August 30, 20210 mins read
As organizations continue to adopt DevSecOps practices to deliver secure software, security ownership is an ever-critical consideration. Snyk recently held a roundtable with Twilio to discuss security ownership in 2021.
In this post, we’ll recap the discussion between Guy Podjarny, President & Co-Founder of Snyk, and Yashvier Kosaraju, Senior Manager of Product Security at Twilio. Twilio’s Product Security teams leverage Snyk Open Source to make sure code is secure at all stages of design and deployment.
How to decide who (Dev or Sec) owns what
When companies move to a DevSecOps approach, one core question they need to answer is: What should my developers and security teams own from a practices and processes point of view?
That said, Kosaraju believes the security team should provide tooling in a usable way so it’s easier to generate results.
"When you hire developers, you look for things like: can they code, can they design, and do they know algorithms,” says Kosaraju. “It’s not a negative aspect, but security expertise is seldom given top priority during the hiring process, so having a core team that’s security focused and making those decisions for your company is critical.”
Ultimately, executive teams need to make the final decision on who owns what. But it’s the security team’s responsibility to serve as a “center of excellence” for developers since practices and controls will need to be built directly into applications.
It’s also essential to assign specific processes to an organizational structure. Otherwise, companies will have a risk scorecard that reports tons of vulnerabilities with no business unit looped in to fix them. Clearly defined security ownership from the start yields concrete action.
Breaking the “we’re developers, not security people” mindset
Driving developer adoption of security can be difficult for organizations. Oftentimes, there are two major roadblocks for getting started: visibility and ease.
For starters, security doesn’t have a natural feedback loop. This means vulnerabilities often accrue without being resolved until there are so many the business begins to be impacted. Companies need to be very explicit and make security requirements visible to all developers.
The reality is security is just too complicated. And for developer adoption, security should be simplified. One common mistake companies make is taking on too much, too soon. When first getting started, look for an early win, such as implementing open source security and Software Composition Analysis (SCA).
“I think it’s important to show what you have today and where you need to go as a continuous improvement path, so having visibility matters,” says Kosaraju. “I also think it’s important to set boundaries, for example, when you say the security team will secure the company, does it mean they’ll find security issues to fix, or they’ll go fix those issues? Establishing a clear divide of responsibilities around who does what is critical.”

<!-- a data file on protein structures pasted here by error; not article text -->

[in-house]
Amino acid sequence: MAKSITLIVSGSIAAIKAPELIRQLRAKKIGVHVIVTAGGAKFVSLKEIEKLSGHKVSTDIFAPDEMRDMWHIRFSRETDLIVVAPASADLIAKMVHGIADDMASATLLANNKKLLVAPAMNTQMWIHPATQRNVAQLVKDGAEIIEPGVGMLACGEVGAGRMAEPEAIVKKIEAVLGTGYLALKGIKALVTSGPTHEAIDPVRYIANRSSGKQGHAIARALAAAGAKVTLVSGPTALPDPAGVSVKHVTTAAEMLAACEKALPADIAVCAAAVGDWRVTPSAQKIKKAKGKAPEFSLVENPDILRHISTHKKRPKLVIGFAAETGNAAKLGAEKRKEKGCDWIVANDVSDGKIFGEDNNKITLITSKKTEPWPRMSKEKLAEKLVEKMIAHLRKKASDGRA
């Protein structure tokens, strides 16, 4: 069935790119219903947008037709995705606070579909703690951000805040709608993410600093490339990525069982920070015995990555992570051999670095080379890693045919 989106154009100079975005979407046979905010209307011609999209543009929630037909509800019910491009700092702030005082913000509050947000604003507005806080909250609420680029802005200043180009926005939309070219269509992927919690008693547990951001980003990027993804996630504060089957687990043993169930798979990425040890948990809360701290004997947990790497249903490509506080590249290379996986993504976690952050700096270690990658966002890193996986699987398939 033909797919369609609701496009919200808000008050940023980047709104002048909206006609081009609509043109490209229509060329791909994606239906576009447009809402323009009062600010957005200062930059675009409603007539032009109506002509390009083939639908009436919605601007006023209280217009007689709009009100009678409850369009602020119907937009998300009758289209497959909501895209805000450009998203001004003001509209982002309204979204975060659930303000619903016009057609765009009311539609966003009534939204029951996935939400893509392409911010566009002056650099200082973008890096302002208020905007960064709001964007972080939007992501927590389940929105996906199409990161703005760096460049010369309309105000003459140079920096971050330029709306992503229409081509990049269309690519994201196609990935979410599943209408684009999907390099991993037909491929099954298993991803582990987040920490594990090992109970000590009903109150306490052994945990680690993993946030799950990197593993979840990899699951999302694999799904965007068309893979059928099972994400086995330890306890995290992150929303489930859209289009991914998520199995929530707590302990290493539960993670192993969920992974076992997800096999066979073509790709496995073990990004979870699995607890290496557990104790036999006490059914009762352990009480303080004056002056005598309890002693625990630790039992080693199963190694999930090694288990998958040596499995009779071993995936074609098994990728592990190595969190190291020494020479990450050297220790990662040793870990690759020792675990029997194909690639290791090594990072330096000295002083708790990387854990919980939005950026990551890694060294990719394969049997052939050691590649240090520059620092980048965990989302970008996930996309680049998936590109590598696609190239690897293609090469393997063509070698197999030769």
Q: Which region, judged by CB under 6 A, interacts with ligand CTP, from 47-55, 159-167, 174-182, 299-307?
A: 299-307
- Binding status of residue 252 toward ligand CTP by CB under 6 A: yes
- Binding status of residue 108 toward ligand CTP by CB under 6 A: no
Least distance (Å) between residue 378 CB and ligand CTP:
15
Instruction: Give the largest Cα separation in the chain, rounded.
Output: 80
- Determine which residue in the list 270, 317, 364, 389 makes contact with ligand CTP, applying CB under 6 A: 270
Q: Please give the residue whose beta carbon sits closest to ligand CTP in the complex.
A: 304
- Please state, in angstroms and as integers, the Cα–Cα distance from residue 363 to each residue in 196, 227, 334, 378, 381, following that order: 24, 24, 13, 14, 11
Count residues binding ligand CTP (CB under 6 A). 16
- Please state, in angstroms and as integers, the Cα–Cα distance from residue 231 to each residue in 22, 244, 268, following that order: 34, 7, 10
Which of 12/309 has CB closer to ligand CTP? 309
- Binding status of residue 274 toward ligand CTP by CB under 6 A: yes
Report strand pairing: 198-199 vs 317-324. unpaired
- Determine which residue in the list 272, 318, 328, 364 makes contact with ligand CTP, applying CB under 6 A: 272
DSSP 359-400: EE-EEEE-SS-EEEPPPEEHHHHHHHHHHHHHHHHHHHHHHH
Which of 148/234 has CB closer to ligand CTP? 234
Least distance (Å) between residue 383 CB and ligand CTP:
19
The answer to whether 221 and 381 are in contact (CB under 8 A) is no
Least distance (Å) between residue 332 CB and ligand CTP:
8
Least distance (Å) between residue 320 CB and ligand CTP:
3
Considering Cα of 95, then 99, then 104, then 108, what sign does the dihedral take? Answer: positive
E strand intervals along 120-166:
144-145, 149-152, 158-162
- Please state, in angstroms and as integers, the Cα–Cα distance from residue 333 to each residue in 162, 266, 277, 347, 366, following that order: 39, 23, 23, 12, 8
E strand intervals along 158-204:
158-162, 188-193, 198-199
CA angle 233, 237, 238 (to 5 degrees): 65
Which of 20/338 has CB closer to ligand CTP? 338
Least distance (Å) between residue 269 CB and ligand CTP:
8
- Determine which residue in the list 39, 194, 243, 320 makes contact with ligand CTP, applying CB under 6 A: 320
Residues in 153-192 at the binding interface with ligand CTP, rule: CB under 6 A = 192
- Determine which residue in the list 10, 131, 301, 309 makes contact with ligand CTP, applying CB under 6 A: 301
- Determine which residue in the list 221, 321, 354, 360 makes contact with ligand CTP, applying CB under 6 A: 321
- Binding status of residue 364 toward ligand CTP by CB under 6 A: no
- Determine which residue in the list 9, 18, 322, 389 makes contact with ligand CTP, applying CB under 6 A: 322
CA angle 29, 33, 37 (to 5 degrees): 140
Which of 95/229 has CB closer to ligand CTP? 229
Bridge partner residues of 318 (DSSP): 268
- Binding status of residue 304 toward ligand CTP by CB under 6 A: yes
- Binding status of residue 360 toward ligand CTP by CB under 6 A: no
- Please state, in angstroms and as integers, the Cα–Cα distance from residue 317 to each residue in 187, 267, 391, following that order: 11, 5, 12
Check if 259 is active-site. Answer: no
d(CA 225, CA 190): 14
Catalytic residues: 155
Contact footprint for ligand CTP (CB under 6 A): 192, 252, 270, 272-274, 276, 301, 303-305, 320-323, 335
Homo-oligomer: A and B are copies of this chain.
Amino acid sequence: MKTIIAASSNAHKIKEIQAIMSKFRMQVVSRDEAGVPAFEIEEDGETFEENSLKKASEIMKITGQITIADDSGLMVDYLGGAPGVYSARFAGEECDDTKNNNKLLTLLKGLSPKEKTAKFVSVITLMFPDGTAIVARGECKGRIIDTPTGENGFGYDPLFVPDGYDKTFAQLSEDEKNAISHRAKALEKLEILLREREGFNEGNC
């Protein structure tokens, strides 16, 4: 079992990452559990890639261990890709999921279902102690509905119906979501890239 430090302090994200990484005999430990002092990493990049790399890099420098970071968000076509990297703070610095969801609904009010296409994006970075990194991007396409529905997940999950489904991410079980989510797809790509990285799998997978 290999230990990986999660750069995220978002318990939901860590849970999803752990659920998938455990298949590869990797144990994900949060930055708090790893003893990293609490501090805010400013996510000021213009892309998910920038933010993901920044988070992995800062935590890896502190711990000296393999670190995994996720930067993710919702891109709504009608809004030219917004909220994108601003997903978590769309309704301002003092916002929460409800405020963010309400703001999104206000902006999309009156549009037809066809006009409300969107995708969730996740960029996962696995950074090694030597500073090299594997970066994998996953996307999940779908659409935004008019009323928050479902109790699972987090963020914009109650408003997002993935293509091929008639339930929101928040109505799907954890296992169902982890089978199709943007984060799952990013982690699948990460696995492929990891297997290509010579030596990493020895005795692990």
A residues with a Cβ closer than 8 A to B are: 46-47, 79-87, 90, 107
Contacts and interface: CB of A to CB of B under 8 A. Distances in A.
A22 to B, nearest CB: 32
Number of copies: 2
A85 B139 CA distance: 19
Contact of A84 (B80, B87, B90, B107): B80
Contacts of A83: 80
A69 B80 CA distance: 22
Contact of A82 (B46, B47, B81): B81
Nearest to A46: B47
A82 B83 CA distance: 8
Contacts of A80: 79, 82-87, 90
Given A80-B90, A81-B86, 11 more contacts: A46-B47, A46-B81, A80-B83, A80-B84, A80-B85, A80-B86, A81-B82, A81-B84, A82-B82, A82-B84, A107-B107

At the code level, Twilio created an ownership model by asking all developers to add a YAML file to each code repository. Each file contains the information necessary to identify the owners within those repositories. The security team can then file tickets in the right queue and contact the owner whenever there is an incident/vulnerability. This helped the company move from manually hunting down owners to being able to instantly locate the correct team and automate vulnerability management.
Measuring security one developer at a time
Starting with a bug bounty program is a great way to understand the ROI of security tools. Once this program is in place, it’s possible to start attaching tools to various parts of the SDLC and drive down the number of bug bounty submissions. A decrease in submissions allows teams to begin focusing on shift left security practices.
“It’s important to keep in mind that when a new tool is introduced, the number of bugs will always spike up,” says Kosaraju. “A key distinction to make is calling out deficiencies in security tooling and capabilities. Security teams aren’t perfect, but acknowledging this reality sends a message that everyone’s working together to make the company more secure while adopting a security mindset.”
The best way for developers to contextualize vulnerabilities compared to overall visibility is to look at how long critical vulnerabilities remain open in a queue. This is an ideal metric to view how responsive teams are in fixing vulnerabilities. For example, if the security team deploys Tool X that flags 30 vulnerabilities as critical, and an Engineering team fixes 29 of those in two weeks, that’s an excellent metric to track over time.
Since security ownership continues to evolve every year, Snyk regularly hosts webinars to gain different perspectives from security professionals within the industry. These roundtables are an opportunity for Snyk to understand the needs of application security teams and developers so companies can continue to align their products to the security needs of organizations like Twilio.